[ns] NS tutorial update proposal
Pedro Vale Estrela
pedro.estrela at gmail.com
Tue Jan 16 22:29:32 PST 2007
To Joachim: Many thanks for your documentation efforts
To all other NS2 users, especially for the recent ex-beginners:
__Please contribute to the NS2 Wiki__ with your experiences and conclusions.
More info: http://mailman.isi.edu/pipermail/ns-users/2006-June/056015.html
(Comments are inline)
> -----Original Message-----
> From: Joachim Fabini [mailto:Joachim.Fabini at tuwien.ac.at]
> Sent: sexta-feira, 12 de Janeiro de 2007 11:00
> To: 'Pedro Estrela'
> Cc: ns-users at isi.edu; 'Joachim Fabini'
> Subject: RE: [ns] NS tutorial update proposal
> Hi Pedro,
> > You are, of course, 100% correct - the tutorial is outdated
> > and its very confusing to first time users.
> > One problem is that, in general, NS2 users ask much, but
> > contribute little when they have their questions solved -
> > either by the help of somebody, or by their own.
> Your statements match very close my first impression as NS2
> newbie. Reading through the mailing list archive helps, but
> I also noticed that - compared to other groups - there are very,
> very few people (won't mention names ;) who regularily answer
> questions - thanks to you and to the other members for their
> help and time.
> As about the reason for the rather low feedback on the mailing
> list I can only speculate: on one hand, the plain NS is pretty
> complex, and people new to NS seem to try the "minimum effort
> approach" - instead of searching through the archive they
> immediately send their question to the list. This yields a high
> ratio of "noise" traffic. As soon as users become familiar with
> NS they focus on their specific task and many of them no longer
> actively participate in the list. On the other hand
> the high number of patches, releases, and variants (moreover the
> incompatibility of some of these patches with each other) make
> answering questions on NS more difficult.
> In addition it seems to me that NS is used mainly in the academic
> field, where people usually leave after having completed their
> project (paper, thesis, etc.) - sadly enough sometimes without
> leaving behind any usable documentation of their patches/modules.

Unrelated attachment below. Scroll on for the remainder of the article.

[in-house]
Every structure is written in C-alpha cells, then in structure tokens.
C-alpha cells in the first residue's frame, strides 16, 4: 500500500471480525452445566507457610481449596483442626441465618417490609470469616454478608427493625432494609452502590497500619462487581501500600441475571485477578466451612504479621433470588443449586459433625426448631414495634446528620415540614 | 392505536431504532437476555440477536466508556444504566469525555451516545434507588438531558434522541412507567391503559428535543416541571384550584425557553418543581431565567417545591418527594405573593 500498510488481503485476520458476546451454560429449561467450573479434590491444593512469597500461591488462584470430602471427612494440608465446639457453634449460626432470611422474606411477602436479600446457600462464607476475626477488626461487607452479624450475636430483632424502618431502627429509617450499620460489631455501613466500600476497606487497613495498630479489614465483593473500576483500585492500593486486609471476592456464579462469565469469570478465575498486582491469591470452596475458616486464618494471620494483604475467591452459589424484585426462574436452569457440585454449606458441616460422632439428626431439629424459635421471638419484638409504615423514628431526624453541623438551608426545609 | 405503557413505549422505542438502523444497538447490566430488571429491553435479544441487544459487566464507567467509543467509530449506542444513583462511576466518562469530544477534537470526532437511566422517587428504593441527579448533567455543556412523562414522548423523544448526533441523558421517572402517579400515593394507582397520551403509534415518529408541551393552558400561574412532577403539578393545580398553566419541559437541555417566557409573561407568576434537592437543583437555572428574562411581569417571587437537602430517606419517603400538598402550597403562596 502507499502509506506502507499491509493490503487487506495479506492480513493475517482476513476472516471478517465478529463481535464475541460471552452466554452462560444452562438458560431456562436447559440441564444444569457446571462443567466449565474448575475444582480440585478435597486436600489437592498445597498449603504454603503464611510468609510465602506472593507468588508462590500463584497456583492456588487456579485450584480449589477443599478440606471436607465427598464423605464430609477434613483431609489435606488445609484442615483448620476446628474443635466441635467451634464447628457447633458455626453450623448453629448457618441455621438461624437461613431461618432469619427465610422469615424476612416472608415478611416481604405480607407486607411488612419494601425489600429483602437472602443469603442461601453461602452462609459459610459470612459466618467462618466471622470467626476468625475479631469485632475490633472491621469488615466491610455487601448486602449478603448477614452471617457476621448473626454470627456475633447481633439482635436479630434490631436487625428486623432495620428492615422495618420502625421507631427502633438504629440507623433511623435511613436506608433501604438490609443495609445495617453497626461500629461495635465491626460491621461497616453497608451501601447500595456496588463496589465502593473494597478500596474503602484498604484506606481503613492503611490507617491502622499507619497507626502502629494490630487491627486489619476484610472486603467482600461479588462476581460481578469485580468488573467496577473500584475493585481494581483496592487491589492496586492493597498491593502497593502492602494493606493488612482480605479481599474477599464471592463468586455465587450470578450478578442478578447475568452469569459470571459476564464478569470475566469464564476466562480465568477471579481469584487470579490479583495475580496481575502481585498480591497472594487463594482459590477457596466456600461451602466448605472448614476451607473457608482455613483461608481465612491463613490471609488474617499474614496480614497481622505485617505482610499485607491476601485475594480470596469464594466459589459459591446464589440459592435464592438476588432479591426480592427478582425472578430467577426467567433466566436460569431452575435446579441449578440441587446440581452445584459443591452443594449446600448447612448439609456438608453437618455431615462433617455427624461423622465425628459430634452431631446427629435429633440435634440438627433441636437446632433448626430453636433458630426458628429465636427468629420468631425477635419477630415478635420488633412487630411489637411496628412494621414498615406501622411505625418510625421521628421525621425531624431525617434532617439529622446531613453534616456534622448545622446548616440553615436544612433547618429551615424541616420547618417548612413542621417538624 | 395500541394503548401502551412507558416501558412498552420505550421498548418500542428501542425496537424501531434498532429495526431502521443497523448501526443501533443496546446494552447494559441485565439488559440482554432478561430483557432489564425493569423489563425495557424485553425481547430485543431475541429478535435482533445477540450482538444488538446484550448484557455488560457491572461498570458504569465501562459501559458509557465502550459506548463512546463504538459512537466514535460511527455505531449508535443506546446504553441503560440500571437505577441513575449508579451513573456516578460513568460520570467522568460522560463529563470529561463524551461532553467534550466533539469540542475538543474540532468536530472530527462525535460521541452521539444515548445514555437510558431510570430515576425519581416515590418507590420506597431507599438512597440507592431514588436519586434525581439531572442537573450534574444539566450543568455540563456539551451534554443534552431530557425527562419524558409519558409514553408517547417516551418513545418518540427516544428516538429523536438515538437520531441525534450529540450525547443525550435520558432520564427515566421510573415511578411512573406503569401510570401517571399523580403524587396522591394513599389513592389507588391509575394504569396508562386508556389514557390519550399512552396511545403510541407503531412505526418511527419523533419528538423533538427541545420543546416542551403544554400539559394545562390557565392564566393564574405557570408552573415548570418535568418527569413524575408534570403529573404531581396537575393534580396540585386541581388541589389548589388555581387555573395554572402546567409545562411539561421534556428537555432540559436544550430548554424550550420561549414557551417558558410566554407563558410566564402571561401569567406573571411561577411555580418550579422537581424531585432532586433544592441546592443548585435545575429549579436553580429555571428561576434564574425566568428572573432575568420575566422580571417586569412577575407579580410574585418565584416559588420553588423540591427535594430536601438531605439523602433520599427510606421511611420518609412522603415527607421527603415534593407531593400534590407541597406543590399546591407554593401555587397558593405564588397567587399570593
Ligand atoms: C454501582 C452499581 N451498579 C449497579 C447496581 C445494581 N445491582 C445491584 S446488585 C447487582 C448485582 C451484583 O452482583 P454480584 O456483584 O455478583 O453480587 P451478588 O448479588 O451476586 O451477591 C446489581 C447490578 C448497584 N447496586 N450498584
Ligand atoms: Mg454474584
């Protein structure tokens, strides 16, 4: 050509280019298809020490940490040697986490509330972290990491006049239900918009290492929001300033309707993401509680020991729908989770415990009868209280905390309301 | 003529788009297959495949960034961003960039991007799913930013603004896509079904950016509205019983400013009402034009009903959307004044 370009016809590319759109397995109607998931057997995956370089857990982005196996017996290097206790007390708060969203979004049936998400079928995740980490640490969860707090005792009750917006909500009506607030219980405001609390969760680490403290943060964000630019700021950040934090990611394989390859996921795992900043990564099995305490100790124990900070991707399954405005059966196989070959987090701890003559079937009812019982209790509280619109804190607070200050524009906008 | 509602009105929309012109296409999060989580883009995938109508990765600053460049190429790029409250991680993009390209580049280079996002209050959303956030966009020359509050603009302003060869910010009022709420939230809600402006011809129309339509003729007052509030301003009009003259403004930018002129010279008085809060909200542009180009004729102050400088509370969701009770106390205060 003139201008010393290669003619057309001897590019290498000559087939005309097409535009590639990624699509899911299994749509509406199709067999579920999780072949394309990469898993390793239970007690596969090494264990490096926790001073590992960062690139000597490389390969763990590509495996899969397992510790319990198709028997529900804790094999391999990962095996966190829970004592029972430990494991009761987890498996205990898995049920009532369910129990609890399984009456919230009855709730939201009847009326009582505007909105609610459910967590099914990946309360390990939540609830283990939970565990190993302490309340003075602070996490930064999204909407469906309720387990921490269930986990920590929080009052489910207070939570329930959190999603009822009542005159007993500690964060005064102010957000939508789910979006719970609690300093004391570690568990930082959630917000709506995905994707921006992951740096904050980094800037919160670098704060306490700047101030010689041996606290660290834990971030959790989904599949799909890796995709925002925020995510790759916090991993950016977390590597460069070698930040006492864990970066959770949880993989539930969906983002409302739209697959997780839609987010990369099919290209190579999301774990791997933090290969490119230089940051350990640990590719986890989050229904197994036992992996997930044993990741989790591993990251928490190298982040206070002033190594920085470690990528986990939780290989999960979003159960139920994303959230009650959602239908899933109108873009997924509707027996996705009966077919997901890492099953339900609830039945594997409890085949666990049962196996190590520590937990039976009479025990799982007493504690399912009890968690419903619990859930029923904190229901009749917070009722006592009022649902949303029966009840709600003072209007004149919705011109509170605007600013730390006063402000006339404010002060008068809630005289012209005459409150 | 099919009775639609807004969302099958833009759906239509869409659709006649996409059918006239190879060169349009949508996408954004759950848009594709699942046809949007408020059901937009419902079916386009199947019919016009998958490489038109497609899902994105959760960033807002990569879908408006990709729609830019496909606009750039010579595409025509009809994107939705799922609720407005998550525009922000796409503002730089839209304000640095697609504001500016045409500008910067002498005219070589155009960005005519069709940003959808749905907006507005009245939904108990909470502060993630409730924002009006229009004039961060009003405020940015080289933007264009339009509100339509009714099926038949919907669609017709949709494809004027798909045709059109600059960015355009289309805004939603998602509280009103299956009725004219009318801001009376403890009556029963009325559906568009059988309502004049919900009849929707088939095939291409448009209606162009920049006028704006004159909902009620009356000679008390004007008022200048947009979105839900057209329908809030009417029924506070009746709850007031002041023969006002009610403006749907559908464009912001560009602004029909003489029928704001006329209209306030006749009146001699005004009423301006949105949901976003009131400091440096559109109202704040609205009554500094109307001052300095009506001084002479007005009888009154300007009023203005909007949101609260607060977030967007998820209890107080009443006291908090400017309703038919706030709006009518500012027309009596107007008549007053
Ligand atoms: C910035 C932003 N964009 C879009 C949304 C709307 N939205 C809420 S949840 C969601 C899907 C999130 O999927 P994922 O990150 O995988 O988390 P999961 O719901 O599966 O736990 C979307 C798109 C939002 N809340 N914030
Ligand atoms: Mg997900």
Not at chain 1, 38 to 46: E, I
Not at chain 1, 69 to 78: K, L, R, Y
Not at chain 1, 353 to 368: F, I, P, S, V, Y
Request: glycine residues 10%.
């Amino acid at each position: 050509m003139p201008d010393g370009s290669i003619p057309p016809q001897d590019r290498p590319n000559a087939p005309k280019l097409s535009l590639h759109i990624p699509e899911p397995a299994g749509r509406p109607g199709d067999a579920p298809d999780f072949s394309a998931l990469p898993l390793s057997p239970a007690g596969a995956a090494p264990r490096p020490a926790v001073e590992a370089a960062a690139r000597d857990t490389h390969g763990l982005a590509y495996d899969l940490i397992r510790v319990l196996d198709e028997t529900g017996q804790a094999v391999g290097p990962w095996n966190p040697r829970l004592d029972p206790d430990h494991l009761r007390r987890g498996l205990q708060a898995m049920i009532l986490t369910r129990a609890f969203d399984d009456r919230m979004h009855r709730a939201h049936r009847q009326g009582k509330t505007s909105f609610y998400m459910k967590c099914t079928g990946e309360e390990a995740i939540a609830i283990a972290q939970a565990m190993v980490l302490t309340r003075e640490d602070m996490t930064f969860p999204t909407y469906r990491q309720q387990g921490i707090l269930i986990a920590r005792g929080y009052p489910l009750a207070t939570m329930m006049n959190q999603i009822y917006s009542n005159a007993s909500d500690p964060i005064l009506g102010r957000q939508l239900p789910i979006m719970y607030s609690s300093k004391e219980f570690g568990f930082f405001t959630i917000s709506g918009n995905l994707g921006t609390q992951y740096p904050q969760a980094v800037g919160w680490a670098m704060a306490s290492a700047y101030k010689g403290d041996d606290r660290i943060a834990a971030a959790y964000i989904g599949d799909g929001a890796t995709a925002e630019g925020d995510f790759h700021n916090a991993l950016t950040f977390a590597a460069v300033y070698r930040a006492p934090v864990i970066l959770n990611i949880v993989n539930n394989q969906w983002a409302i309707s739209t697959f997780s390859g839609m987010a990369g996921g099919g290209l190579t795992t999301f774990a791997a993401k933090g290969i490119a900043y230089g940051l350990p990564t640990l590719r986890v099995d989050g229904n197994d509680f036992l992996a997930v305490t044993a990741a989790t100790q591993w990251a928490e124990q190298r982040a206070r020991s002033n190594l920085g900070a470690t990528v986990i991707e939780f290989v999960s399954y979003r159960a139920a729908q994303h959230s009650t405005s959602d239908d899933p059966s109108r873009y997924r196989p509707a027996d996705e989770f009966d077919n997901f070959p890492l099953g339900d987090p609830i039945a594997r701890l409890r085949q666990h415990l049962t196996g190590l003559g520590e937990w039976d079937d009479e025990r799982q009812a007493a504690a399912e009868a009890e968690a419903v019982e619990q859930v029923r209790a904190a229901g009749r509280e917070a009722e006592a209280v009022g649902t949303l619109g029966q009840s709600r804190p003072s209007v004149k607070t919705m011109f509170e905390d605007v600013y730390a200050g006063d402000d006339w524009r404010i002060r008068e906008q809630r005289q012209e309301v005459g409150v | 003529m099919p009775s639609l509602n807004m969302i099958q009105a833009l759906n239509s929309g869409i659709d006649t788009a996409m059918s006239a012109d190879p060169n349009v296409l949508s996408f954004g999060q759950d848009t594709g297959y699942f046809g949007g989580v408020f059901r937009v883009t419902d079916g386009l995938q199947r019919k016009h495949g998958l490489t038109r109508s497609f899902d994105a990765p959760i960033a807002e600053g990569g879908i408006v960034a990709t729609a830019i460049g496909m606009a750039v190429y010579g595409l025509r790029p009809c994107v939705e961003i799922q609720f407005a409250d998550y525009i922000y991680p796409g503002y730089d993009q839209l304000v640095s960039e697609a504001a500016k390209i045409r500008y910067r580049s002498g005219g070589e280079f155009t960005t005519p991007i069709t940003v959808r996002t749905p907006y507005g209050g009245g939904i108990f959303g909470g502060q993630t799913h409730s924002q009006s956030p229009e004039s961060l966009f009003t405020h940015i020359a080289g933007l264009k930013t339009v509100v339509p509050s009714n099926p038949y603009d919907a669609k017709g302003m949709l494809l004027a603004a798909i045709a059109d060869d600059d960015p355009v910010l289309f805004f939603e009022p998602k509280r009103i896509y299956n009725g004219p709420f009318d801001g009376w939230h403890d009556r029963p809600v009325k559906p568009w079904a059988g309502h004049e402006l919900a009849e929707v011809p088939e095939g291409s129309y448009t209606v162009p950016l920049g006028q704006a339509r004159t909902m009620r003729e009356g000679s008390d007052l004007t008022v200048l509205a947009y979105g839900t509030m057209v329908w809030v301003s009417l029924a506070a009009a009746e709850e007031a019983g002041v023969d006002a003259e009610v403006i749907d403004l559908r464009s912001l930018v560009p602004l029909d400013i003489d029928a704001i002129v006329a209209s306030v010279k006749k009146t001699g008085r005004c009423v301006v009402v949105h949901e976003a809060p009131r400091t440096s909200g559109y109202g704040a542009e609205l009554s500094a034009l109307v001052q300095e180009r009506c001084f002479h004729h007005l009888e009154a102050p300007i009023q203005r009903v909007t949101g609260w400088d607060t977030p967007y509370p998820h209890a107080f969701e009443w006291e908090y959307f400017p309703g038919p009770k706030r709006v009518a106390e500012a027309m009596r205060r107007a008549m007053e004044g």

> So it's up to us (academics, be it students or supervisors) to
> make sure that we contribute something back to the community -
> and prepare students for real life by forcing them to document
> what they have done and giving this back to the community.
> Only as an example, regarding chapter VII of Marc's tutorial -
> in half an hour the person who changed the ping sources and
> included the sources into the NS distribution could also have
> updated the related web pages. If someone else is expected to
> do this, it takes him definitely longer to find out what
> exactly was changed and why... I tried to include all details
> that I have noticed into my posting but I'm almost sure that I
> skipped some.
Regarding this particular case, I think that first this useful info should
be stored on the NS2 wiki ASAP. At that time, I'll have no problems asking
on the NS-Developers Mailing list for someone with write access to put a
link informing where the updates and changes are located in the NS2 wiki.
Besides that, I think that the best way to maintain this and other parts of
the documentation, would be to port the whole tutorial to the NS2 wiki and
automatically redirect the existing page at
Again, I can ask on the developers mailing list for it, when the information
is ready at the wiki.
> > Some examples from my personal experience:
> > http://mailman.isi.edu/pipermail/ns-users/2006-June/056015.html
> > http://mailman.isi.edu/pipermail/ns-users/2006-January/053560.html
> Yes, it's sad - but I repeat myself: the problem is that those
> who have gained a medium level of experience in NS and who have
> used the work of all previous NS developers are the target group
> for these contributions - having spent two days on NS does not
> give me the experience to find out all changes (and the reason
> for these changes).
> > Regarding this particular topic, what I suggest is to:
> > - create a page about NS2 tutorials in the NS2 wiki, which
> > could be used to detail the important changes for recent
> > versions of NS2 of this, and possibly other tutorials.
> Good idea, but I see the tutorial maintenance as an orthogonal
> task to what you have proposed. The tutorial pages have such a
> high rating in search engines (like Google) that users will find
> the initial tutorial first. So imho the only way how to solve
> the problem is to keep synchronized the text and sources of
> these tutorials first - or take them offline, which is also not
> the solution that I'd like to go.
(please see response above)
> > However, in my opinion, major improvements in problems like
> > this will only be possible if more users take the action to
> > contribute.
> I completly agree with your point of view.
> Thanks anyhow,
> best regards
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